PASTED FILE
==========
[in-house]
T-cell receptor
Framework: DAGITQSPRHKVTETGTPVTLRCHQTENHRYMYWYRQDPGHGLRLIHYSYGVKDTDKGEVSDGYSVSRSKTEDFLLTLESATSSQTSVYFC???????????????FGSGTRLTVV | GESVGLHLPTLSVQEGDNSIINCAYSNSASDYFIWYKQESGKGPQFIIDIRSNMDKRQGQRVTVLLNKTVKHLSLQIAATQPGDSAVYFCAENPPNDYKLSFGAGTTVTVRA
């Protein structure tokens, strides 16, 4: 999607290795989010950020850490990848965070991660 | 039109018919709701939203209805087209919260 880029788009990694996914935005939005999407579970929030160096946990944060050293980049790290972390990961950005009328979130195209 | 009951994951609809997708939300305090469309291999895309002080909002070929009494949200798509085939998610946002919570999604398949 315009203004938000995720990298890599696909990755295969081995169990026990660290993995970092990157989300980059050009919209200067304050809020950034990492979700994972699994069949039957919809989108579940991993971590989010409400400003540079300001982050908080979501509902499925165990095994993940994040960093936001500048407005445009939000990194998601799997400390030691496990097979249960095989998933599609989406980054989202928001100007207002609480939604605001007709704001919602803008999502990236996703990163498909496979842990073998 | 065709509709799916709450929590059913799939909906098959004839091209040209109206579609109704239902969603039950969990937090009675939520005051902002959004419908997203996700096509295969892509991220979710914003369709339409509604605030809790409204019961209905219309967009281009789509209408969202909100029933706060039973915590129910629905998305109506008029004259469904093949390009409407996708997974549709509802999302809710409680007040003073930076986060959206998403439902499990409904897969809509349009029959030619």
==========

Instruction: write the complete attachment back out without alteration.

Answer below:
[in-house]
T-cell receptor
Framework: DAGITQSPRHKVTETGTPVTLRCHQTENHRYMYWYRQDPGHGLRLIHYSYGVKDTDKGEVSDGYSVSRSKTEDFLLTLESATSSQTSVYFC???????????????FGSGTRLTVV | GESVGLHLPTLSVQEGDNSIINCAYSNSASDYFIWYKQESGKGPQFIIDIRSNMDKRQGQRVTVLLNKTVKHLSLQIAATQPGDSAVYFCAENPPNDYKLSFGAGTTVTVRA
């Protein structure tokens, strides 16, 4: 999607290795989010950020850490990848965070991660 | 039109018919709701939203209805087209919260 880029788009990694996914935005939005999407579970929030160096946990944060050293980049790290972390990961950005009328979130195209 | 009951994951609809997708939300305090469309291999895309002080909002070929009494949200798509085939998610946002919570999604398949 315009203004938000995720990298890599696909990755295969081995169990026990660290993995970092990157989300980059050009919209200067304050809020950034990492979700994972699994069949039957919809989108579940991993971590989010409400400003540079300001982050908080979501509902499925165990095994993940994040960093936001500048407005445009939000990194998601799997400390030691496990097979249960095989998933599609989406980054989202928001100007207002609480939604605001007709704001919602803008999502990236996703990163498909496979842990073998 | 065709509709799916709450929590059913799939909906098959004839091209040209109206579609109704239902969603039950969990937090009675939520005051902002959004419908997203996700096509295969892509991220979710914003369709339409509604605030809790409204019961209905219309967009281009789509209408969202909100029933706060039973915590129910629905998305109506008029004259469904093949390009409407996708997974549709509802999302809710409680007040003073930076986060959206998403439902499990409904897969809509349009029959030619």